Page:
Southeast Asia's Biggest Companies Risk $392 Billion Debt Burden

  • Biggest Asean firms have $392 billion of liabilities
  • Ringgit, Rupiah slides are swelling foreign debt costs

Southeast Asia’s biggest companies have increased debt sixfold since the regional financial crisis, stoking concern over default risks as investors draw parallels with the 1998 meltdown.

The region’s 100 largest listed companies by assets, including Thailand’s CP ALL Pcl, Petron Corp. of the Philippines and Singapore’s Wilmar International Ltd., had accumulated $392 billion by June 30, data compiled by Bloomberg show. That’s up six times from December 1998. Debt loads as a proportion of assets are climbing back near levels from the crisis at 31.7 percent, up from 29.5 percent in 2010.

Slowing regional growth, China’s yuan devaluation and the outlook for higher U.S. interest rates sparked a selloff in Southeast Asia that sent the ringgit and the rupiah to their lowest levels since 1998. Default risk in Asia outside Japan posted the sharpest jump in 2015 last month, bonds lost the most in two years and shares suffered their worst slide since 2011.

“Companies still clearly have their foot on the expansion throttle, they show no sign of slowing down just yet at a time where the road is becoming more bendy,” said Bertrand Jabouley, director of Asia-Pacific corporate ratings in Singapore at Standard & Poor’s. "Currency depreciations are the bitter icing on the cake and they come at a time when debt-funded expansion has weakened corporate balance sheets."

S&P said foreign-currency debts grew two to three times more rapidly than local debt for Malaysian, Philippine and Indonesian companies between 2010 and 2014, based on its own sample of the top 100 companies. The borrowings made up 30 to 50 percent of total debt there, it said.

Debtors Suffer

Credit quality has been declining in the region and that’s a worrisome trend, according to Kim Jinha, the head of global fixed income in Seoul at Mirae Asset Global Investments Co.

"We won’t see any meaningful reversal until the global economy picks up again," Kim said. "The default rate will increase, likely at a moderate pace. Highly indebted corporates will suffer from further U.S. dollar strength."

Total obligations at Wilmar, which grows oil palms, doubled to $22.4 billion since 2010, while net debt rose 20 percent. The jump was partly due to its expansion into the sugar industry, the company said by e-mail on Aug. 28, adding that revenue rose 42 percent over that time.

CP All, Petron

CP All, which operates 7-11 stores in Thailand, generated $1.3 in earnings before interest and taxes for every $1 of interest expense, slipping from 5-to-1 coverage in 2013, Bloomberg data show. Samrej Zeepongsekul, an officer at the corporate communications division of the company, said by e-mail that the increase in liabilities was due to the debt-financed acquisition of Siam Makro in 2013. He said the funding was in local currency so the baht drop wouldn’t have an impact.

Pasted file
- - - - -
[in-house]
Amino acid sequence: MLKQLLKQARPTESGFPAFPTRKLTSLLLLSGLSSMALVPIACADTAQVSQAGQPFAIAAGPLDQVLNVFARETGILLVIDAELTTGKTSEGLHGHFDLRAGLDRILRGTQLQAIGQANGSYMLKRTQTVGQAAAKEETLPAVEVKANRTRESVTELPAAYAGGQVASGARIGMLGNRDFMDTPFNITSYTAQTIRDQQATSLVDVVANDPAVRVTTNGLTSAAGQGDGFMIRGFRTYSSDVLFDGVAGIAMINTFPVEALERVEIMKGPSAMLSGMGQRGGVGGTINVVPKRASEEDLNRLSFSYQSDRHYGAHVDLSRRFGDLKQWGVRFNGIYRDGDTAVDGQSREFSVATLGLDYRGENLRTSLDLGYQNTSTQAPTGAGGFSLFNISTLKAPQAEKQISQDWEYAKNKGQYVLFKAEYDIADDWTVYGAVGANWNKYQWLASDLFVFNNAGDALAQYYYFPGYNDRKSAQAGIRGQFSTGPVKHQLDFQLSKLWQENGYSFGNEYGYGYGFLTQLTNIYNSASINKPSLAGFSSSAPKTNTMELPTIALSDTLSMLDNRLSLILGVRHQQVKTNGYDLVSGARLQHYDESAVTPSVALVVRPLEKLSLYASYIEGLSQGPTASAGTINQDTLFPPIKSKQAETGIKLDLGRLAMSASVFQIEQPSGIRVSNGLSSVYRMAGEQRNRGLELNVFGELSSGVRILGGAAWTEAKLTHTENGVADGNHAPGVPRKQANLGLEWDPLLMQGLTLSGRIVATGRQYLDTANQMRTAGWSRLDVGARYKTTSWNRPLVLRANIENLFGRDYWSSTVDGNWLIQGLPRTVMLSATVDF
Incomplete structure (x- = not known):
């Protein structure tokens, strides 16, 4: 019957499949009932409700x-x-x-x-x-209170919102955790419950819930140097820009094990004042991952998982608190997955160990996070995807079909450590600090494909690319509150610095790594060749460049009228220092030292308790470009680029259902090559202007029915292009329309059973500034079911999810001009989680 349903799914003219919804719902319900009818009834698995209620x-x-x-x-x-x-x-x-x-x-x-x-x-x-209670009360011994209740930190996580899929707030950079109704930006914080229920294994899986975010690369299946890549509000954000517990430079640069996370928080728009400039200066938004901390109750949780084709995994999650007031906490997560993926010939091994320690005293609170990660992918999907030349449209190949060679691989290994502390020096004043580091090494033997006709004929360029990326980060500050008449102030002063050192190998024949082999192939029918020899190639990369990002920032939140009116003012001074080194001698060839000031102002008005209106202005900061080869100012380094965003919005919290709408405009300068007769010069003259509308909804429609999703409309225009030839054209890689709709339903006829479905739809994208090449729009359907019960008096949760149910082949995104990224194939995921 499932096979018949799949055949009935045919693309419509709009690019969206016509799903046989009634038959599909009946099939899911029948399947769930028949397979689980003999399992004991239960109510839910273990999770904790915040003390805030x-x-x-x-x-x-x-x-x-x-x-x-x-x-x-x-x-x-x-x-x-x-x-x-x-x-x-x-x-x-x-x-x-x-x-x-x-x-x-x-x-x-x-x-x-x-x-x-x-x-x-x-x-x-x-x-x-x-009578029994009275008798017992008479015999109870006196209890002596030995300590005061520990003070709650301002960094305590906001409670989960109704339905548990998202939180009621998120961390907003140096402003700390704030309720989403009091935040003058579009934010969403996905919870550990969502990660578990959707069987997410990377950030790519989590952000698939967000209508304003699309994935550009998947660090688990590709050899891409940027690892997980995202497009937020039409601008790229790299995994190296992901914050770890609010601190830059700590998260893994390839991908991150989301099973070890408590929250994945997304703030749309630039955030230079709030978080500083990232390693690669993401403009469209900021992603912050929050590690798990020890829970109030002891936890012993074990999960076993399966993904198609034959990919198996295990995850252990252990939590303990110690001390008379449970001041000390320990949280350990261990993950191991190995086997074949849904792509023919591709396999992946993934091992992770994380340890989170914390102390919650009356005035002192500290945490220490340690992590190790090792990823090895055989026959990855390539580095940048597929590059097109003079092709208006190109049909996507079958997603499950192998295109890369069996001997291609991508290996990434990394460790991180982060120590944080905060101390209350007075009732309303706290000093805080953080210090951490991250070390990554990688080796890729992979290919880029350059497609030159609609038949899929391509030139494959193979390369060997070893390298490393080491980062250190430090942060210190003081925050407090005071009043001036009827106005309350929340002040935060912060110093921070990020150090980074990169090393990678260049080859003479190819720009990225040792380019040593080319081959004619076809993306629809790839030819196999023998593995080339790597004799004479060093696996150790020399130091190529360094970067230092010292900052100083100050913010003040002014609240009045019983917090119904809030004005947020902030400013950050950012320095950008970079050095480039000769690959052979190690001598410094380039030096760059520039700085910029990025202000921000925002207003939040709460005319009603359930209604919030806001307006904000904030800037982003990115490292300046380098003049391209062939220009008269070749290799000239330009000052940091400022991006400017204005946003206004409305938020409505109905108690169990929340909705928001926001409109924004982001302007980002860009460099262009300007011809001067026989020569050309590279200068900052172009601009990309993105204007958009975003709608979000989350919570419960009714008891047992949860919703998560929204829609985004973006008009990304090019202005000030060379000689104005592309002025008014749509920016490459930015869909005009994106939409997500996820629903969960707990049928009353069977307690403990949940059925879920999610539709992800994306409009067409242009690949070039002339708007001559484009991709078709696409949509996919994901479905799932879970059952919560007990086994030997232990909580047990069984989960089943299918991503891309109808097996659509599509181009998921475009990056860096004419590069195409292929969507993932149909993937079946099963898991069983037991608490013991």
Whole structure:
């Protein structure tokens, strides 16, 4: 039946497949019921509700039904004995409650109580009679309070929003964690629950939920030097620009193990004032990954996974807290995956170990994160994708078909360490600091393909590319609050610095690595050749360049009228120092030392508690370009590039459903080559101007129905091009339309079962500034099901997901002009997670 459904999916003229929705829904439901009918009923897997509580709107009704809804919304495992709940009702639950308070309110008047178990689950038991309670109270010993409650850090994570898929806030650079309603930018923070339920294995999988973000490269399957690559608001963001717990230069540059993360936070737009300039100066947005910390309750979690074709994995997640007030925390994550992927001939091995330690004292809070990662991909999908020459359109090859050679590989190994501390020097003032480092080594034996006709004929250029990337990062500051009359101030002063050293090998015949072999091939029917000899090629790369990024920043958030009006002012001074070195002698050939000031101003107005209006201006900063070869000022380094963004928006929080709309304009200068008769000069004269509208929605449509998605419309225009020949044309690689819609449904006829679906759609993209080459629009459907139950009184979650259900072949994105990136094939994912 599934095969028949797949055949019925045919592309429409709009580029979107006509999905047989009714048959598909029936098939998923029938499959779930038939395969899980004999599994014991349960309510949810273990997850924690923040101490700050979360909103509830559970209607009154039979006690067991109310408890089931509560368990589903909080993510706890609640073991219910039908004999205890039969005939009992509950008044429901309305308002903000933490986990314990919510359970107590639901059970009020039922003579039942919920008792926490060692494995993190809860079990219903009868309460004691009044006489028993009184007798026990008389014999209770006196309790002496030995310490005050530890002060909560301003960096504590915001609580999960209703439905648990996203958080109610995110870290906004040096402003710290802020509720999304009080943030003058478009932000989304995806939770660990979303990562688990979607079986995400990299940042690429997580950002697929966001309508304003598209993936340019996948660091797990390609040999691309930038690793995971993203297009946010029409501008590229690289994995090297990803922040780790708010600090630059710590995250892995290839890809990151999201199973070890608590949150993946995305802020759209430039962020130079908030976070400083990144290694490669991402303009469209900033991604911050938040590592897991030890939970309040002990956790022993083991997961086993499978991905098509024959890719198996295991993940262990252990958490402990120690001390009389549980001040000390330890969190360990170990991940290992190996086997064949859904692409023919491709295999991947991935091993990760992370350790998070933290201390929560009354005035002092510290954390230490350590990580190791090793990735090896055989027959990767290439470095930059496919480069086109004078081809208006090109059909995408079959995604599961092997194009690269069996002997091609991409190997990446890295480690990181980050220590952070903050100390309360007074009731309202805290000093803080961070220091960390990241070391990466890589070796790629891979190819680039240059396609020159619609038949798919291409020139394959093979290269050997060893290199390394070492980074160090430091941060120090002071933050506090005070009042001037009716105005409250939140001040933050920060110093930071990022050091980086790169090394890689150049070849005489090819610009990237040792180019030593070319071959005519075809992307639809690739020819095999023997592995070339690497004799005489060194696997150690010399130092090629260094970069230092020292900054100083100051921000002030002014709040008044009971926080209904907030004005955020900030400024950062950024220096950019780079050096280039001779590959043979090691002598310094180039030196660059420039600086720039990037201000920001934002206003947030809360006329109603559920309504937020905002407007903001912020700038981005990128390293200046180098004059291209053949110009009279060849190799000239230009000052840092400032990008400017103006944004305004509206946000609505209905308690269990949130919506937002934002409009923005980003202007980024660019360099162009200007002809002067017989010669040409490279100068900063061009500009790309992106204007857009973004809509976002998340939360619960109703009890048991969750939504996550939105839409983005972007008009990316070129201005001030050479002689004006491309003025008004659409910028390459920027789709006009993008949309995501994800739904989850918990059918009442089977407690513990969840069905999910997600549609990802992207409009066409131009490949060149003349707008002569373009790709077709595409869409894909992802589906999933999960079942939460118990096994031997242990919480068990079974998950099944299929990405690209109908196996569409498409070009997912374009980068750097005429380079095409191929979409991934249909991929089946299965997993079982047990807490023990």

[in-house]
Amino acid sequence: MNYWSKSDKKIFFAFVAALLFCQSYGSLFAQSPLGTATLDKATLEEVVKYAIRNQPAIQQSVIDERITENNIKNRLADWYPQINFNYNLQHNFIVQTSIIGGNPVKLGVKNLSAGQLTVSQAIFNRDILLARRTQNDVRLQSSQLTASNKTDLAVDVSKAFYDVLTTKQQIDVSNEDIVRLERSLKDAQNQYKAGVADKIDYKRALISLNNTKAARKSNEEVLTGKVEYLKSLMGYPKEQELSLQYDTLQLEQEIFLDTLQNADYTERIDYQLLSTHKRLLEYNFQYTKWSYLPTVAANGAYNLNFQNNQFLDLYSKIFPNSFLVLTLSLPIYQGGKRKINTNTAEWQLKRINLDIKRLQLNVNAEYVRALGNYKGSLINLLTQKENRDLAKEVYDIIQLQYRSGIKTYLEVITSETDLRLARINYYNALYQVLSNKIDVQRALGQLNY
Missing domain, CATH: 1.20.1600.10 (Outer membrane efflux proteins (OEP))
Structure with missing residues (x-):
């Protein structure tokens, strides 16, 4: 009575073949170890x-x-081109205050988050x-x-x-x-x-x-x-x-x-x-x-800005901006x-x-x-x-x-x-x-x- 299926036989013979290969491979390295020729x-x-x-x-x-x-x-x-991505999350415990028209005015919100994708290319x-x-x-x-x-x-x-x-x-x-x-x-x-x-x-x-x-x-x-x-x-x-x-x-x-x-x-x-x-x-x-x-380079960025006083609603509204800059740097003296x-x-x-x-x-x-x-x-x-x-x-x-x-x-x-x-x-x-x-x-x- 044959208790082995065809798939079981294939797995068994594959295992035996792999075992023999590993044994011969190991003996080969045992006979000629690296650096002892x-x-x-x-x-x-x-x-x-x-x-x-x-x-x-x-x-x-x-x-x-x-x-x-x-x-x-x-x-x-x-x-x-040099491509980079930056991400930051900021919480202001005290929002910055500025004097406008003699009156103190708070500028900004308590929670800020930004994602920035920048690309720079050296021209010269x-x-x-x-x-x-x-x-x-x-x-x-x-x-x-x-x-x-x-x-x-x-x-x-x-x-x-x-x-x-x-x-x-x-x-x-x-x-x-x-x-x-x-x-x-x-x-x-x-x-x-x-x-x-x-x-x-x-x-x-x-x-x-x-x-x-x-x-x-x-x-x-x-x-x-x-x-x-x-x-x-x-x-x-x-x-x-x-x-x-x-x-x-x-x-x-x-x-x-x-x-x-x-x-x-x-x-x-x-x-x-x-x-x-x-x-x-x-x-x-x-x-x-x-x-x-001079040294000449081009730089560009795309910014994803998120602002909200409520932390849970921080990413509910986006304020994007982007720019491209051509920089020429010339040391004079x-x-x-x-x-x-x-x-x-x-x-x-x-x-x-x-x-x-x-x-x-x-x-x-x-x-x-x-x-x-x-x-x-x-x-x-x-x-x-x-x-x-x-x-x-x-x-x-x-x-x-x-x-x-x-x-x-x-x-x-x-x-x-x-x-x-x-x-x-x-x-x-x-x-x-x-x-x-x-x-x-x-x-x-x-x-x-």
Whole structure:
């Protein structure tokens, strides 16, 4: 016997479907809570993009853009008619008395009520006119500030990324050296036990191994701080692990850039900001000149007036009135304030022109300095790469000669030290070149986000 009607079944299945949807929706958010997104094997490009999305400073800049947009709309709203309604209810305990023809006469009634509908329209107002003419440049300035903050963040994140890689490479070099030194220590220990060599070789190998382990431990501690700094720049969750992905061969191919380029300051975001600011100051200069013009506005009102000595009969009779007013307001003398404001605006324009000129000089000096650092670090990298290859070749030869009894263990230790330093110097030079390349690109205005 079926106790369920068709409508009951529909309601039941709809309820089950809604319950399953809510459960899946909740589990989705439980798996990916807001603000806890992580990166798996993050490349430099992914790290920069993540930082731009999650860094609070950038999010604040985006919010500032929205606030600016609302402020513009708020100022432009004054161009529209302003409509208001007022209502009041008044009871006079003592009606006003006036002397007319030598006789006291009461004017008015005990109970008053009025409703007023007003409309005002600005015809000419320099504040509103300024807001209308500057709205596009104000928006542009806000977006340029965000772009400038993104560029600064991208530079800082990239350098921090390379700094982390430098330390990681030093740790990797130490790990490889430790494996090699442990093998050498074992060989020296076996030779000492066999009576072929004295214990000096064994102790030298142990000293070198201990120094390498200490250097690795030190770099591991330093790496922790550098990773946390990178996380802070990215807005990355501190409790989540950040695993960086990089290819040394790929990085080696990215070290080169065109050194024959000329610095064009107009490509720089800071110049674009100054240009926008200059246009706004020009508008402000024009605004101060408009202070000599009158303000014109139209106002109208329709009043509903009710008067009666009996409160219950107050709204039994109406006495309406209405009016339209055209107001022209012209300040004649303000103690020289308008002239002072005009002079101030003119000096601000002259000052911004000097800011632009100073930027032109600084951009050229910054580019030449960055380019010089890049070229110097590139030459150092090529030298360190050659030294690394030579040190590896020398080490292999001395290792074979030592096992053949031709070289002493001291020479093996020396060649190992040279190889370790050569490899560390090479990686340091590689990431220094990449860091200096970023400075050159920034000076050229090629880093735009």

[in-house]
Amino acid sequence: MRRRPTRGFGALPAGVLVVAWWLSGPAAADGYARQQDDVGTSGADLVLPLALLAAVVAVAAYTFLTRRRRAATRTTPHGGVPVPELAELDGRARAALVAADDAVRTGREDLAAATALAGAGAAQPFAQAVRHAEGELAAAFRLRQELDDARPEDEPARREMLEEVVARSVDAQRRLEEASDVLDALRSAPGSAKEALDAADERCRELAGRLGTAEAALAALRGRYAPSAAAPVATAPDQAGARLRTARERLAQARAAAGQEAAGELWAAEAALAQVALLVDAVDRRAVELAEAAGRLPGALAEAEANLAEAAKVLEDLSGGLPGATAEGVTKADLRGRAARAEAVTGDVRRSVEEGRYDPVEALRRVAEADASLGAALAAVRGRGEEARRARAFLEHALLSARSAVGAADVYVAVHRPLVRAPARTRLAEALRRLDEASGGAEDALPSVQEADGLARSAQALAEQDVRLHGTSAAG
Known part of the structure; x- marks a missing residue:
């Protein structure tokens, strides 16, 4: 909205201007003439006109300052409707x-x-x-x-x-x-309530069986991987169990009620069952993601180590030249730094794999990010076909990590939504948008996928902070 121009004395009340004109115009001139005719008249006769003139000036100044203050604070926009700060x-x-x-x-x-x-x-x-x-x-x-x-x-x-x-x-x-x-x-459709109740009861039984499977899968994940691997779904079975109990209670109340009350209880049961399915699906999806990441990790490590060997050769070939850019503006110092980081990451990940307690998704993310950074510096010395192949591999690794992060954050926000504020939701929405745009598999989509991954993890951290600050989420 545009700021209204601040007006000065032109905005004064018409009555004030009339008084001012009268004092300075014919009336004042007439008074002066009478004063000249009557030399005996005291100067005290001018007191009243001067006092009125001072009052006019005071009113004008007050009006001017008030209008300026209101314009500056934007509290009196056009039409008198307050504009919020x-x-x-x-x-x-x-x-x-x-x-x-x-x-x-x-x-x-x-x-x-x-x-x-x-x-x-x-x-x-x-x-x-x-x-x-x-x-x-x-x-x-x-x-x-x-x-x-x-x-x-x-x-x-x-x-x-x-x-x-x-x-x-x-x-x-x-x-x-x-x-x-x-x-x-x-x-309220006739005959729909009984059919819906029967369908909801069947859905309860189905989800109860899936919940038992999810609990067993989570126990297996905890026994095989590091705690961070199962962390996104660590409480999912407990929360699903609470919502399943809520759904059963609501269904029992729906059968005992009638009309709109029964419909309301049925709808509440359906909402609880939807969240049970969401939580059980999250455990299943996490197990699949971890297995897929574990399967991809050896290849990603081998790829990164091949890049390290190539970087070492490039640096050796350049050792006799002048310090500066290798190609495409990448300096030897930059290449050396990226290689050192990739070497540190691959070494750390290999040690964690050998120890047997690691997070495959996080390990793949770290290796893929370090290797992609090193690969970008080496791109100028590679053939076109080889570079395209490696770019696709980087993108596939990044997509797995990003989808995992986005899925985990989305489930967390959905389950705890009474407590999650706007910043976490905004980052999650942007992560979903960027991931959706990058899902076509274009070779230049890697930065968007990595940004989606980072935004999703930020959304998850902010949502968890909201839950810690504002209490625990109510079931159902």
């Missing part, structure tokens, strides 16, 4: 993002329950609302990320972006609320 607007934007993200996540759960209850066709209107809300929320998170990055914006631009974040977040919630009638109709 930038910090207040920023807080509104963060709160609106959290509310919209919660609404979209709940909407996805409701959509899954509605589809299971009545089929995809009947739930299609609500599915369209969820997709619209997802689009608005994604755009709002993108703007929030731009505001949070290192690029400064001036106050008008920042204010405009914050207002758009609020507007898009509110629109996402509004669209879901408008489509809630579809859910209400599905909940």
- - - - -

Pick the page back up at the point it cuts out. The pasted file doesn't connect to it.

Fuel retailer Petron’s debt-to-Ebitda ratio expanded to 10.6 times from 5.4 in 2010. Petron didn’t immediately reply to e-mails seeking comments and a call to the number on its website went unanswered.

Southeast Asia’s biggest economies are grappling with slumping demand from China as growth in gross domestic product there cools to the least since 1990. Indonesia expanded at the slowest pace since 2009, while Singapore’s economy shrank the most since 2012 in the second quarter.

Half of emerging markets are in worse shape than they were in 1995, based on a combination of current-account and fiscal deficits, according to Citigroup Inc. While governments have cut foreign debt, companies have expanded theirs, the bank said in an Aug. 27 report.

Default Risk

While the yuan devaluation last month by the People’s Bank of China caught the market by surprise, investors still have confidence in the central bank’s steps and that has contained volatility, according to Leong Wai Hoong, a senior money manager in Singapore at Nikko Asset Management Co., which manages about $162 billion. “It is the spillover effects to other currency pairs or asset classes that people are worried about,” Leong said.

The MSCI South East Asia Index of shares in the region fell 11 percent since July 31, the biggest monthly decline since September 2011. The ringgit depreciated 7.8 percent while the rupiah lost 3.7 percent. The baht slid to a six-year low.

Credit-default swaps protecting Indonesian government debt have risen every month since February and reached 259.5 basis points on Aug. 24, near a two-year high, according to data provider CMA. The contract on Malaysia hit a four-year high of 202.8 on the same day. The index for all of Asia excluding Japan jumped 22 basis points in August, the sharpest increase since January 2014.

The signs of stress in the region’s credit markets add to worldwide concerns, after 71 bond defaults globally this year through Aug. 27 compared with 60 in all of 2014, according to S&P. Emerging-market companies have accounted for 14, versus 15 in all of last year. PT Berau Coal Energy made a distressed exchange for $950 million of dollar bonds in July.

“The major test for financial discipline will be in the second half 2015 and even more in 2016,” said S&P’s Jabouley. "Refinancing, especially with sizeable bond maturities in 2017, could be the iceberg waiting for the ship that cruises too rapidly."

For Related News and Information:
Singapore’s Shrinking Economy Worsens Bank Risk as Loans Slump
Escaping Najib’s Malaysia, Investors Flee Currency, Stock Market
Why Original Sin Is Returning to Haunt Southeast Asian Borrowers

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